You can use Duco cement (nitrocellulose) to re-glue celluloid (cellulose nitrate) faces that have delaminated from hardwood Mahjong tiles. You can also use acetone or celluloid dissolved in acetone as a glue for celluloid. The second option could be a bit trickier, so make sure you know what you are doing.
How do you restore old adhesives?
Mahjong and other game cases are typically constructed of dovetailed wood sides and cardboard. The joints are glued, and the covering applied with hide glue. Hide glue softens with heat and moisture, so it is unusual to find paper-covered cases intact today. If covered in oilcloth, they tend to hold up a bit better.
To repair old cases:
- Use wood glue for the frame.
- For the covering use a mixture of wheat paste and PVA – very similar to that used by bookbinders.
How do you restore new adhesives?
For plastics, Duco cement (nitrocellulose) should be the best for celluloid (cellulose nitrate). The method used by guitar makers is to dissolve celluloid in acetone and use that mixture as an adhesive. Which is a little bit too tricky in our opinion. For other plastics, especially Catalin, you can use a slow-setting epoxy with good flexibility.
Catalin vs Bakelite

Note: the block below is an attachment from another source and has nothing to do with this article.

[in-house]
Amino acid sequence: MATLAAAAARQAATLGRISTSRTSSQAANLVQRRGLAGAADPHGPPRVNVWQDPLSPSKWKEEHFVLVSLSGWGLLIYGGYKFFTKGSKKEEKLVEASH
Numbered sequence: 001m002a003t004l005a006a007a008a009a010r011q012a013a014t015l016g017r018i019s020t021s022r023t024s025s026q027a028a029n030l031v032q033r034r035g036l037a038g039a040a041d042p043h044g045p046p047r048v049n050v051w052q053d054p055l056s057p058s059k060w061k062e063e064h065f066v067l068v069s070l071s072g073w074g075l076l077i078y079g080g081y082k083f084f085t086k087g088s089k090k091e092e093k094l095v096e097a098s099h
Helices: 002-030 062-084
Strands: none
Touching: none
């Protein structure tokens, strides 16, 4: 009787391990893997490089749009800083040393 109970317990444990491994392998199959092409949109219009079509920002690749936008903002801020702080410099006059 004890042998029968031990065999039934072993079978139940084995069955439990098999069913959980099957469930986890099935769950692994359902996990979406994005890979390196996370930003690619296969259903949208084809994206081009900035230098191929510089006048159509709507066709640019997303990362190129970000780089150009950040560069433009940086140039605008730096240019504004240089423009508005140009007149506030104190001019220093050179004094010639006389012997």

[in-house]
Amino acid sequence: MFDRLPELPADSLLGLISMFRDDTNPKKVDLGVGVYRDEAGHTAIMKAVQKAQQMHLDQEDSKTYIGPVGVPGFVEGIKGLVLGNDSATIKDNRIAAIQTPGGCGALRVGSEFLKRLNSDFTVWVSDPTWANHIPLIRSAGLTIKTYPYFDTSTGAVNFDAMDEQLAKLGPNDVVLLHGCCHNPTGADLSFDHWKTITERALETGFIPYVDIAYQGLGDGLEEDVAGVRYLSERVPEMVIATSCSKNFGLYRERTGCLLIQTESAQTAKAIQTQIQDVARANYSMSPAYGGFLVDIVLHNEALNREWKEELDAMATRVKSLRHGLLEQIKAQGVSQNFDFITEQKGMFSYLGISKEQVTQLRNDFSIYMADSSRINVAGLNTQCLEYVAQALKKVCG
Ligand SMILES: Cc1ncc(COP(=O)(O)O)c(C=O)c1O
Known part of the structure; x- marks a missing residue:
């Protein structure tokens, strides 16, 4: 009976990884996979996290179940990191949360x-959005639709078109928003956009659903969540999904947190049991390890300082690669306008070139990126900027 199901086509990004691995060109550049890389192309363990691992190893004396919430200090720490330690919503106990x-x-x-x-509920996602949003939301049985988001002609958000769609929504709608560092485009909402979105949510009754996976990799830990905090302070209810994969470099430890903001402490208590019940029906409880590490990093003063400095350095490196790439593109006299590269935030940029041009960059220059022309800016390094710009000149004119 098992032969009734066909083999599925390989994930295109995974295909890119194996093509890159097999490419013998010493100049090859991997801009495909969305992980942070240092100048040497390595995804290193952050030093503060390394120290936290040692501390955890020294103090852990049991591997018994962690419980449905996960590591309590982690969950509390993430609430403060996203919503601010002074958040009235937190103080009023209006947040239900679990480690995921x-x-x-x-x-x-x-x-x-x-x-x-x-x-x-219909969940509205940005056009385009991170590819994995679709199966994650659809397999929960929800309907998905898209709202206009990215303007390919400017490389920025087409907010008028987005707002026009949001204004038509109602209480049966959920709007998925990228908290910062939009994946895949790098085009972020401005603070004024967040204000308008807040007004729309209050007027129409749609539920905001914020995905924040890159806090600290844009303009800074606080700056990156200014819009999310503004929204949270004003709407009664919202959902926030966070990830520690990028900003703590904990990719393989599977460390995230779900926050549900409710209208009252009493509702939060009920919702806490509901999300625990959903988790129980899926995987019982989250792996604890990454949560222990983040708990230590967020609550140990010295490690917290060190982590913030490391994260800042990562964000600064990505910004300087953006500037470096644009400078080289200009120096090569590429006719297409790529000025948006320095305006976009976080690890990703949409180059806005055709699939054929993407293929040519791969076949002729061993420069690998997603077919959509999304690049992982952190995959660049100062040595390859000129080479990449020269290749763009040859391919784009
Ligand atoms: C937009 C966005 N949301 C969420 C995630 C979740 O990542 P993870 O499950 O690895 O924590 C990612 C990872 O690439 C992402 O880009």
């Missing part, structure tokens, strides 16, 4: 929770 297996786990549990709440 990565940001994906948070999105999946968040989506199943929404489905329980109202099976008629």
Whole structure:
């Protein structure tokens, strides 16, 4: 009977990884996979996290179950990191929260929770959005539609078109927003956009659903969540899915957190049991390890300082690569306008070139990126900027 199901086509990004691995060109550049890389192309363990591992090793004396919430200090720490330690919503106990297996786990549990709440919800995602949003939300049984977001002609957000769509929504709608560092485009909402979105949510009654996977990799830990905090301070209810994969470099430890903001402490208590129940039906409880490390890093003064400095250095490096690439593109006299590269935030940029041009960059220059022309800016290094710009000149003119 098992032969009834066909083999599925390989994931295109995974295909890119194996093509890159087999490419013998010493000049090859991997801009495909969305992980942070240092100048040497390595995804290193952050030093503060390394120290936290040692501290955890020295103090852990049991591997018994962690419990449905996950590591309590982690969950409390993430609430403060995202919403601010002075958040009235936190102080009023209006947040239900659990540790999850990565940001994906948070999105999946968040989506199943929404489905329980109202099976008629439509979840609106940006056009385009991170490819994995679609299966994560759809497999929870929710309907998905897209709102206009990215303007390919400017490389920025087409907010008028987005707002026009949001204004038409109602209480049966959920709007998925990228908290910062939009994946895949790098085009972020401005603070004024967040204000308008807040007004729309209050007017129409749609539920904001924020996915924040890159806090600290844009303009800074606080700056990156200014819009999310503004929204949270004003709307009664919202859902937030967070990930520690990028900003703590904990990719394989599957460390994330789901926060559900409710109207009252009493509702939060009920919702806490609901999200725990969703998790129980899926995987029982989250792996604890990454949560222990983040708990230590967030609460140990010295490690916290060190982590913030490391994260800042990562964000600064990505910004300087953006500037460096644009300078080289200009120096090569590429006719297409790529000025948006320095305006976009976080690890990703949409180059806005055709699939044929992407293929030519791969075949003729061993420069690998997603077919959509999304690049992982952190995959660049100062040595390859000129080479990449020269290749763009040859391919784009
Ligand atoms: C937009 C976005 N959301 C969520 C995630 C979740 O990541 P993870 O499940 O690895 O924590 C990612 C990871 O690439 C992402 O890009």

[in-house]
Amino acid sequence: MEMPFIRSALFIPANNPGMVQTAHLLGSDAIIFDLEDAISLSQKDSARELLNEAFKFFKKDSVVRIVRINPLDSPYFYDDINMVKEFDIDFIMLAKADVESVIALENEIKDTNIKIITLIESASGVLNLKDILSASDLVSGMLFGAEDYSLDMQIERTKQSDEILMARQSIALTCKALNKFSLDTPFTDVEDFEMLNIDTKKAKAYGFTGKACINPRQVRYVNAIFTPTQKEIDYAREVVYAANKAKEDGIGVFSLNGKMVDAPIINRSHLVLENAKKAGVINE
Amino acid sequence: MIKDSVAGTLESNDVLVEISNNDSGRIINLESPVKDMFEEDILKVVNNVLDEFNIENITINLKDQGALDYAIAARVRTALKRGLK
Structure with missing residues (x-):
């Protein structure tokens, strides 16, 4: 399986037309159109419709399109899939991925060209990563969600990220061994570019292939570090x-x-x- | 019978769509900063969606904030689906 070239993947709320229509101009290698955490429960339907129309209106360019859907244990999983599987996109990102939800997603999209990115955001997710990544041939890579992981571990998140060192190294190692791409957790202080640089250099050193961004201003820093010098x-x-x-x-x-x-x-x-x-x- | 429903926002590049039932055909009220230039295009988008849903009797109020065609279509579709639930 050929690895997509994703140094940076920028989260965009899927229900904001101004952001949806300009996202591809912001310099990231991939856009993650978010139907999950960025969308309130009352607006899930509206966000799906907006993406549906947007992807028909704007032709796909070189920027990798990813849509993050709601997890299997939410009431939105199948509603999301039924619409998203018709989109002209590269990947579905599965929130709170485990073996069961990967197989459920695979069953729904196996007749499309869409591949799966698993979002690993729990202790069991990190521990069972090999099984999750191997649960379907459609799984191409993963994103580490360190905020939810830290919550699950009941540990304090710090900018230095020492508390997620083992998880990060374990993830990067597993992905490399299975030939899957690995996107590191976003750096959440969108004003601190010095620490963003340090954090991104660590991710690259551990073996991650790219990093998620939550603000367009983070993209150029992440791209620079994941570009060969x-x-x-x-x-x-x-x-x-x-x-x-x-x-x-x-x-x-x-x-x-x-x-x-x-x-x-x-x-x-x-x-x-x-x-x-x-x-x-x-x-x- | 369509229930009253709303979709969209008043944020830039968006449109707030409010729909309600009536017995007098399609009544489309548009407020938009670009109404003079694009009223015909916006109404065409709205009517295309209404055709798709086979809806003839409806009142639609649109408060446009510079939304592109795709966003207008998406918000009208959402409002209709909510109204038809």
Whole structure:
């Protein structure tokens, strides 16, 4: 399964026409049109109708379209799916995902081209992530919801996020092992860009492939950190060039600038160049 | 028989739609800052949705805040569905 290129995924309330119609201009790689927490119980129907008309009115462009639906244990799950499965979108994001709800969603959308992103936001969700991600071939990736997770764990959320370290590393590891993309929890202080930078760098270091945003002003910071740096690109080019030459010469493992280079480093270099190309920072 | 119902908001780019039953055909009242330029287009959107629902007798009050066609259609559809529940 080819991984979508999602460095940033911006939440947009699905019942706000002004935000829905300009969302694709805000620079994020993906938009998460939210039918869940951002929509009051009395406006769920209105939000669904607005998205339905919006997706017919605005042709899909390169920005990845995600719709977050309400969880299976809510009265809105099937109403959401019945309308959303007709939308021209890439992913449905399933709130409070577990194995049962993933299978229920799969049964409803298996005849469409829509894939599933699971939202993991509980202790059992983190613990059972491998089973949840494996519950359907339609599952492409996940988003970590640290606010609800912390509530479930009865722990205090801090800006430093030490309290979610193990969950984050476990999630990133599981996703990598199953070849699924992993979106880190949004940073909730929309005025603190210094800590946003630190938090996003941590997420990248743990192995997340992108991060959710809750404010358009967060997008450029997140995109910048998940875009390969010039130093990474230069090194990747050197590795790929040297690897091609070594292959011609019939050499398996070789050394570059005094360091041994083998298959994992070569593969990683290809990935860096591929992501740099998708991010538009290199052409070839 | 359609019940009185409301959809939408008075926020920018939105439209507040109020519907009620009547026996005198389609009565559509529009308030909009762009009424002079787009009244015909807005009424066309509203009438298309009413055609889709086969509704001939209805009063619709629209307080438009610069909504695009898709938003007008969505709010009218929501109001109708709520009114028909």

What are Catalin and Bakelite?
Strictly speaking, Catalin and Bakelite are both trade names for the same compound: phenol formaldehyde. However, the terms are often used to distinguish cast phenolics (Catalin) and molded phenolics (Bakelite).
Which terms are used largely depends on the circle in which you run:
- Radio collectors refer to the brightly-colored cast phenolics as catalin, despite the cast radio parts being manufactured by the Bakelite Corpotation, the Catalin Corporation, Marblette, Monsanto, and Knoedler.
- Vintage Mahjong collectors refer to opaque game pieces as bakelite and more translucent or swirled pieces as catalin.
- Jewelry collectors refer to all phenolics as bakelite.
Below, to avoid confusion, we capitalize the company name and leave the generic referral uncapitalized.
In “Plastics History U.S.A.”, a comprehensive history of the plastics industry between 1890 and 1950 by J. Harry DuBois, the Catalin Corporation receives little more than a footnote, despite a great deal of detail of the processes used to manufacture the phenolics, and the people involved in their development. After reading this book, one gets the distinct impression that the term “catalin” probably receives more use than it merits.
How is catalin and bakelite made?
In order to produce the molded phenolics (catalin and bakelite):
- Phenol and formaldehyde were mixed and heated with an alkali catalyst.
- The resulting resin was cooled, powdered, and mixed with a filler such as wood flour, powdered walnut shells, or asbestos.